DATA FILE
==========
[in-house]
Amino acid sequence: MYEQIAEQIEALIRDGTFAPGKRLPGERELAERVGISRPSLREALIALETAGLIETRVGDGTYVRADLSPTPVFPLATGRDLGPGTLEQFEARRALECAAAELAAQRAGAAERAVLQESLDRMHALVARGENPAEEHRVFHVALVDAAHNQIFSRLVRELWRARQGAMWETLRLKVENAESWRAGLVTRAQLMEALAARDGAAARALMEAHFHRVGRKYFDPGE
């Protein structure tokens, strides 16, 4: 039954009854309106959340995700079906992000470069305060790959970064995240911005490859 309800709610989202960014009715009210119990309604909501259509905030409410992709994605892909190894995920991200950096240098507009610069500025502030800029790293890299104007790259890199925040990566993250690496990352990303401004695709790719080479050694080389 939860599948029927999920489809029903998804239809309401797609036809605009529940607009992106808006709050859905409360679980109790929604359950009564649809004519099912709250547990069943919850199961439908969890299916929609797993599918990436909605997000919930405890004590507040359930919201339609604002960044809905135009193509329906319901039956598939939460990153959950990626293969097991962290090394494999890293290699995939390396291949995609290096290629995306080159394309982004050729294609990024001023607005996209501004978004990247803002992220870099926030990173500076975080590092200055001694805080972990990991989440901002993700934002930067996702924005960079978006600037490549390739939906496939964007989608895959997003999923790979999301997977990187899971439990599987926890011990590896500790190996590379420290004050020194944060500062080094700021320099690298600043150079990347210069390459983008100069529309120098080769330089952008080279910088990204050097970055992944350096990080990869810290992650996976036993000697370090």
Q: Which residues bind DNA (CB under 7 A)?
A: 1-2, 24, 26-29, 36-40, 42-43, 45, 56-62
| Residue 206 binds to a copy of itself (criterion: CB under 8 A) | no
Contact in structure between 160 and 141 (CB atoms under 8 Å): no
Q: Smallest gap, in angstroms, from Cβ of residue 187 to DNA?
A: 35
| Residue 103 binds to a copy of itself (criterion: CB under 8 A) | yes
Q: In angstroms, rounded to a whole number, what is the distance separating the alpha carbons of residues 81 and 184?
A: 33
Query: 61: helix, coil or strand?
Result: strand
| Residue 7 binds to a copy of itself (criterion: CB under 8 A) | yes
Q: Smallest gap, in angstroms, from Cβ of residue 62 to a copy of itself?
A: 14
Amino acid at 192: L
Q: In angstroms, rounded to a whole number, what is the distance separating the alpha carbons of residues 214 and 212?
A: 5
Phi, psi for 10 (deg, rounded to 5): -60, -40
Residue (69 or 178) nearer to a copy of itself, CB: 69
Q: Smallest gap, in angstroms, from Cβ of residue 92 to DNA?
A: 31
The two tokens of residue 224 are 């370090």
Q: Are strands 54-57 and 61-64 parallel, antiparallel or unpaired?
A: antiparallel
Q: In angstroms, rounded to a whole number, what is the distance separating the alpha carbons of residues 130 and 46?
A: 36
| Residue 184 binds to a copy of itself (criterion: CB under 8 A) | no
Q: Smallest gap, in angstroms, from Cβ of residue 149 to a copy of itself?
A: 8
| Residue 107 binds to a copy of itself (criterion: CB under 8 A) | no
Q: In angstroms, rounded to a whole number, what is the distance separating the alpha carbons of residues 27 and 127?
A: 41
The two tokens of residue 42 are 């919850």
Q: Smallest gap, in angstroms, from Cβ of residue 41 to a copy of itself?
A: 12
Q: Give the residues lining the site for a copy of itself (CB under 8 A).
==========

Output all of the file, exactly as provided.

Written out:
[in-house]
Amino acid sequence: MYEQIAEQIEALIRDGTFAPGKRLPGERELAERVGISRPSLREALIALETAGLIETRVGDGTYVRADLSPTPVFPLATGRDLGPGTLEQFEARRALECAAAELAAQRAGAAERAVLQESLDRMHALVARGENPAEEHRVFHVALVDAAHNQIFSRLVRELWRARQGAMWETLRLKVENAESWRAGLVTRAQLMEALAARDGAAARALMEAHFHRVGRKYFDPGE
């Protein structure tokens, strides 16, 4: 039954009854309106959340995700079906992000470069305060790959970064995240911005490859 309800709610989202960014009715009210119990309604909501259509905030409410992709994605892909190894995920991200950096240098507009610069500025502030800029790293890299104007790259890199925040990566993250690496990352990303401004695709790719080479050694080389 939860599948029927999920489809029903998804239809309401797609036809605009529940607009992106808006709050859905409360679980109790929604359950009564649809004519099912709250547990069943919850199961439908969890299916929609797993599918990436909605997000919930405890004590507040359930919201339609604002960044809905135009193509329906319901039956598939939460990153959950990626293969097991962290090394494999890293290699995939390396291949995609290096290629995306080159394309982004050729294609990024001023607005996209501004978004990247803002992220870099926030990173500076975080590092200055001694805080972990990991989440901002993700934002930067996702924005960079978006600037490549390739939906496939964007989608895959997003999923790979999301997977990187899971439990599987926890011990590896500790190996590379420290004050020194944060500062080094700021320099690298600043150079990347210069390459983008100069529309120098080769330089952008080279910088990204050097970055992944350096990080990869810290992650996976036993000697370090």
Q: Which residues bind DNA (CB under 7 A)?
A: 1-2, 24, 26-29, 36-40, 42-43, 45, 56-62
| Residue 206 binds to a copy of itself (criterion: CB under 8 A) | no
Contact in structure between 160 and 141 (CB atoms under 8 Å): no
Q: Smallest gap, in angstroms, from Cβ of residue 187 to DNA?
A: 35
| Residue 103 binds to a copy of itself (criterion: CB under 8 A) | yes
Q: In angstroms, rounded to a whole number, what is the distance separating the alpha carbons of residues 81 and 184?
A: 33
Query: 61: helix, coil or strand?
Result: strand
| Residue 7 binds to a copy of itself (criterion: CB under 8 A) | yes
Q: Smallest gap, in angstroms, from Cβ of residue 62 to a copy of itself?
A: 14
Amino acid at 192: L
Q: In angstroms, rounded to a whole number, what is the distance separating the alpha carbons of residues 214 and 212?
A: 5
Phi, psi for 10 (deg, rounded to 5): -60, -40
Residue (69 or 178) nearer to a copy of itself, CB: 69
Q: Smallest gap, in angstroms, from Cβ of residue 92 to DNA?
A: 31
The two tokens of residue 224 are 């370090």
Q: Are strands 54-57 and 61-64 parallel, antiparallel or unpaired?
A: antiparallel
Q: In angstroms, rounded to a whole number, what is the distance separating the alpha carbons of residues 130 and 46?
A: 36
| Residue 184 binds to a copy of itself (criterion: CB under 8 A) | no
Q: Smallest gap, in angstroms, from Cβ of residue 149 to a copy of itself?
A: 8
| Residue 107 binds to a copy of itself (criterion: CB under 8 A) | no
Q: In angstroms, rounded to a whole number, what is the distance separating the alpha carbons of residues 27 and 127?
A: 41
The two tokens of residue 42 are 């919850």
Q: Smallest gap, in angstroms, from Cβ of residue 41 to a copy of itself?
A: 12
Q: Give the residues lining the site for a copy of itself (CB under 8 A).